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Case Not Closed

Okay, so you have half the answer. That's good but not great detective work. What explains the other half?

That's still a mystery, these researchers conclude.

Did somebody say "sequel"?

That army of cell phone voters that was supposed to sway the election for Democratic presidential candidate John F. Kerry showed up at the polls on Election Day -- but so did everyone else, muting their impact, according to exit polling.

Buried in the survey data is the answer to a critical question raised during the campaign about traditional telephone surveys. Critics of the pre-election polls claimed that some voters, including many young people, now use only cell phones and have abandoned household phone service.

That makes them unavailable to pollsters, who are prohibited by law from calling cell phone numbers. The problem is, there are scant studies measuring how many Americans, not to mention voters, rely exclusively on their cell phones, so it's difficult to judge the effect on the quality of the polls.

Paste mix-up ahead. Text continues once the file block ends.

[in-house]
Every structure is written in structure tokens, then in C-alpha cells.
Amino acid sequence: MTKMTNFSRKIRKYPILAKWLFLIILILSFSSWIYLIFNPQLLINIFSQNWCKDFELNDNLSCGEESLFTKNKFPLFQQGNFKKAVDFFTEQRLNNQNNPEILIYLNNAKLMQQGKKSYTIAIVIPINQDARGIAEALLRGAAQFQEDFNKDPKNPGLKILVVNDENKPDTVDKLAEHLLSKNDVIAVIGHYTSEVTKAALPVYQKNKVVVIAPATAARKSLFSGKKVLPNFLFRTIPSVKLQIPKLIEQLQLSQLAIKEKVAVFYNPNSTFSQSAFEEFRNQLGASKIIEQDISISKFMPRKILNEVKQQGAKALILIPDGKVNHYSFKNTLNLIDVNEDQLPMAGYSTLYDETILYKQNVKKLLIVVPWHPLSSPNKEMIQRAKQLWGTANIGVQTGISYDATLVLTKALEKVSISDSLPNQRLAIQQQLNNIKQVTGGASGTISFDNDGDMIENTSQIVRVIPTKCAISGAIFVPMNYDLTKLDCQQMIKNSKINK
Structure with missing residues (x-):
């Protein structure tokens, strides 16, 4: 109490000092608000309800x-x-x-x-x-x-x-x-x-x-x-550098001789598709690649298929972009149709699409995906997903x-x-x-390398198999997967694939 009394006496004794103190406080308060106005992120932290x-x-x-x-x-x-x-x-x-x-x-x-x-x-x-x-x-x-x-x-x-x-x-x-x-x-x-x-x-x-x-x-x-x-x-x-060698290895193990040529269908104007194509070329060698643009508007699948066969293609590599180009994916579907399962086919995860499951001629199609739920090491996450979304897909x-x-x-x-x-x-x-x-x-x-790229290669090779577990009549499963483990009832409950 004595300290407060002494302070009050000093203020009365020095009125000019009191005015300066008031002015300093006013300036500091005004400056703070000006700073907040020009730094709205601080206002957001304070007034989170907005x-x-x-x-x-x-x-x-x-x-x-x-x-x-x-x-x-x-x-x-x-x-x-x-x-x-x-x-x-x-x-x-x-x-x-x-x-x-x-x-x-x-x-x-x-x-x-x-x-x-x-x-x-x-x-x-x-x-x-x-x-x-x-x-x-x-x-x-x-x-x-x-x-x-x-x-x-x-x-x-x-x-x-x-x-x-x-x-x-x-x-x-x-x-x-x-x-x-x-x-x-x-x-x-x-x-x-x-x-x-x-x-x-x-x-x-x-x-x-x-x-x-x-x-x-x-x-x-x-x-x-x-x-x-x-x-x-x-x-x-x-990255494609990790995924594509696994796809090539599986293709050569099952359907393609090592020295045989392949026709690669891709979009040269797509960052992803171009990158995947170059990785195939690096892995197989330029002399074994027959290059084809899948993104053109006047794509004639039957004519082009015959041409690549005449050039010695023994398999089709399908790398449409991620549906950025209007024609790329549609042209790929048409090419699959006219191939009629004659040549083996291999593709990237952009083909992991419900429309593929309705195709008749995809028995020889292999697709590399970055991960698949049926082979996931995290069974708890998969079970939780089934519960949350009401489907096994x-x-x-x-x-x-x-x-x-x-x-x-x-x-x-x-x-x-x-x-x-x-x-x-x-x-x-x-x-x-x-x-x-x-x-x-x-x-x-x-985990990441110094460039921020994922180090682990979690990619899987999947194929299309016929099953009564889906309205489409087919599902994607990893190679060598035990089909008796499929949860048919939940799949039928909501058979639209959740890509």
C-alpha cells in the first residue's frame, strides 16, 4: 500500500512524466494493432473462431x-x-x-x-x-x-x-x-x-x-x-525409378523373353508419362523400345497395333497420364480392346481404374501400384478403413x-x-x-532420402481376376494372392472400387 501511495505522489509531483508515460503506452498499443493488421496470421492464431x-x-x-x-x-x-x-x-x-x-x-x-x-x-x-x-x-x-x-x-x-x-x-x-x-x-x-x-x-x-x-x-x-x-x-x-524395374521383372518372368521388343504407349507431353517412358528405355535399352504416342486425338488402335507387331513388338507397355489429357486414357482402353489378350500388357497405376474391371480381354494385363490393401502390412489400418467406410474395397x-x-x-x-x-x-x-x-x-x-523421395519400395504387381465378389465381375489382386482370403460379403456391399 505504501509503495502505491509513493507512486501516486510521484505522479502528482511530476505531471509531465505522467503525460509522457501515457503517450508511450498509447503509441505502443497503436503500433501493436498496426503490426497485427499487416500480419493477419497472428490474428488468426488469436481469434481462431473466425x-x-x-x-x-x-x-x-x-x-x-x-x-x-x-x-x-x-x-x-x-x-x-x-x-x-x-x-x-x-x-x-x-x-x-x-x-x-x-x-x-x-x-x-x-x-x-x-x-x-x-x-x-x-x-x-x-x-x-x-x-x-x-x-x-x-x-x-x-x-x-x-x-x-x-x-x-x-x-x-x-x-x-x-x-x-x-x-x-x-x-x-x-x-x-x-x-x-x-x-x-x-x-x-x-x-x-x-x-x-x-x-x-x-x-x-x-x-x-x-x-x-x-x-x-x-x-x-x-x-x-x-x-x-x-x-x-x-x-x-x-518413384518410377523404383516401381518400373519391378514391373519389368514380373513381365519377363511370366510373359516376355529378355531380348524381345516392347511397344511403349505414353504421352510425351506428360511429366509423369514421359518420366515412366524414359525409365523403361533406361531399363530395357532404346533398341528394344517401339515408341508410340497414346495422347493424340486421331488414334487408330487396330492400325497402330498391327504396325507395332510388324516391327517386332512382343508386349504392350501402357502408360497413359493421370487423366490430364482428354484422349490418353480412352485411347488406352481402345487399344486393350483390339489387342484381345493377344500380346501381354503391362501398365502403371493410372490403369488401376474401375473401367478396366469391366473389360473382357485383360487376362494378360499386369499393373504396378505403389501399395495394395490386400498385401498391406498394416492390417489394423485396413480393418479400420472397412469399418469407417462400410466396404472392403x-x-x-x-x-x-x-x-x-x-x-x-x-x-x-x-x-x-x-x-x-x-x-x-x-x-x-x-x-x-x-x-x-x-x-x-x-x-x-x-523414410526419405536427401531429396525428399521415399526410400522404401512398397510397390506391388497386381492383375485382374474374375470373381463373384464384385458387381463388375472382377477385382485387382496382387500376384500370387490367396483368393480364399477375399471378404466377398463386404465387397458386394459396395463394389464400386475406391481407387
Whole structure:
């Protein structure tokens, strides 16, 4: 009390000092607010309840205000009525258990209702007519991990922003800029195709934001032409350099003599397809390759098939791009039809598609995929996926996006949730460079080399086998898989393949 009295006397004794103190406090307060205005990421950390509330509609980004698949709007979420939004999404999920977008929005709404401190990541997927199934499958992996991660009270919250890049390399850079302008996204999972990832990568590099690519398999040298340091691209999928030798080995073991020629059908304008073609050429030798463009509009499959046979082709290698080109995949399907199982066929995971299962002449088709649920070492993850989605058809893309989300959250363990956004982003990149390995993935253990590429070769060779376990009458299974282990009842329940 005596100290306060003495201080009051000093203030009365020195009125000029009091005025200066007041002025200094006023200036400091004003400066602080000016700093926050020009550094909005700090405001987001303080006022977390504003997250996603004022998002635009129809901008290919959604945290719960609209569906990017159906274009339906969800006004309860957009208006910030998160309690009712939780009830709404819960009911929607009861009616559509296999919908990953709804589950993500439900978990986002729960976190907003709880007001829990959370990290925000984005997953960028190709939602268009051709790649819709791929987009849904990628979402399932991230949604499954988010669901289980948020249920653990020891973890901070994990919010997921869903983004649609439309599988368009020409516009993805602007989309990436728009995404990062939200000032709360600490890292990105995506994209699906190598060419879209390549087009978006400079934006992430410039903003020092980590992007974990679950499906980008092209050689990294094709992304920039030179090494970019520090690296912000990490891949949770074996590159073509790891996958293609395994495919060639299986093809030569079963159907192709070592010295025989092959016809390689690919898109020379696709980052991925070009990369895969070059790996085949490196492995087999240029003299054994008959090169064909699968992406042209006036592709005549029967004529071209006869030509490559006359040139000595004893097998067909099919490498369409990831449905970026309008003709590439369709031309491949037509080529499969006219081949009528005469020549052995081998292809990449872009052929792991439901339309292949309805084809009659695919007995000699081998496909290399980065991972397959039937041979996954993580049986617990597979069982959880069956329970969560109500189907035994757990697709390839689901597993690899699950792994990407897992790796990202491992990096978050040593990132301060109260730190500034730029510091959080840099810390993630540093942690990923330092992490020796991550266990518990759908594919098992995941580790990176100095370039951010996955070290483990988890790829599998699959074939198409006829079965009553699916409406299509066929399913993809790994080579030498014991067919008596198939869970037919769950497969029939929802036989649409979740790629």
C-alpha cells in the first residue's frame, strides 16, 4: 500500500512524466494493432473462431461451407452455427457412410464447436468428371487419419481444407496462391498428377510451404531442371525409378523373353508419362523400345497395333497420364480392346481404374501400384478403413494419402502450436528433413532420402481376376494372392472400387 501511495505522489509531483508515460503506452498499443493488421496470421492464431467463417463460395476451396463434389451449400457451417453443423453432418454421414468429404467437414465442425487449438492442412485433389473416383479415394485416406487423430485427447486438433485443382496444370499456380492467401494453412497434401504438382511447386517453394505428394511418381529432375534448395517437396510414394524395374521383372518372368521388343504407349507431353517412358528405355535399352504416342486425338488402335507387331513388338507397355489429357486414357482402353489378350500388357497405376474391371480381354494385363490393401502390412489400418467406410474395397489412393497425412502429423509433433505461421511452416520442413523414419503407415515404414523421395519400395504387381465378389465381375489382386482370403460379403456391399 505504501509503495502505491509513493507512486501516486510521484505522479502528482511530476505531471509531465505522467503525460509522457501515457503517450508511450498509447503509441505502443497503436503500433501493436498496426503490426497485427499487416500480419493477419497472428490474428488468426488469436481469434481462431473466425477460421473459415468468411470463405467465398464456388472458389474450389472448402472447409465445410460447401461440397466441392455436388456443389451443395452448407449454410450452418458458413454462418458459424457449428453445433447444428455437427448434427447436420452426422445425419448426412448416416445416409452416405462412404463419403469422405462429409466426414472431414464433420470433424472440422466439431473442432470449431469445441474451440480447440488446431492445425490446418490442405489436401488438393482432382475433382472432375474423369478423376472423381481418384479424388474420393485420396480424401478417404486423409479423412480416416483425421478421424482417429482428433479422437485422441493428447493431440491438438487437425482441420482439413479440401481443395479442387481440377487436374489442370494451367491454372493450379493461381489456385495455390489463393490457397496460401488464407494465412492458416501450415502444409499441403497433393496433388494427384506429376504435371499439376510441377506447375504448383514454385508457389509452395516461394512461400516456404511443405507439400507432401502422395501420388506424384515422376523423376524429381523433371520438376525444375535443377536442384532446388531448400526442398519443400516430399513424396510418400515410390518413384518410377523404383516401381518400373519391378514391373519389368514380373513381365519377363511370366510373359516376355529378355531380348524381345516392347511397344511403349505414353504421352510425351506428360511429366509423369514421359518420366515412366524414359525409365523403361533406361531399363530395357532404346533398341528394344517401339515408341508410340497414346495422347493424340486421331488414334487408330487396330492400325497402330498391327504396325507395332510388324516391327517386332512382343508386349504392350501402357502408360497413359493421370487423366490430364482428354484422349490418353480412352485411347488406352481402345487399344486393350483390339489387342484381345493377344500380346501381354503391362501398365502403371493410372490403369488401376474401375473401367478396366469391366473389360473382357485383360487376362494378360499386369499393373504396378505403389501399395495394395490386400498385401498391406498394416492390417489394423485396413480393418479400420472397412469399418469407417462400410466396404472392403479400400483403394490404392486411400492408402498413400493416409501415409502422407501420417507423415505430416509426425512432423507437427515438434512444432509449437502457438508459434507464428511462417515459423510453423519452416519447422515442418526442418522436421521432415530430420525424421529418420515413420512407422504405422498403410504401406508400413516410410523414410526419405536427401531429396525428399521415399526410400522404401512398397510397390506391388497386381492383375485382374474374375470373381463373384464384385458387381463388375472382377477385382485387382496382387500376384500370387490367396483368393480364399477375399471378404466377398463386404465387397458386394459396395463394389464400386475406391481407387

The exit pollsters cast new light on the issue by asking people leaving the voting booths about their phone service and use.

The good news for pollsters is that only 7 percent of all voters in 2004 were using cell phones as their sole service. The bad news is that this figure swelled to nearly 20 percent among voters between the ages of 18 and 29 years old.

Uh-oh. Not only are there lots of young people without household phone service, but these cell-phone-only voters voted 56 percent to 41 percent for Kerry, meaning missing them in telephone polls could produce polls that underestimated the Kerry vote.

But, happily, one other fact may have saved pollsters, at least during this campaign. Young people with cells were not much more likely to back Kerry than those in homes with traditional phone service only or those who had both cell and traditional service. So missing them wouldn't dramatically skew the results.


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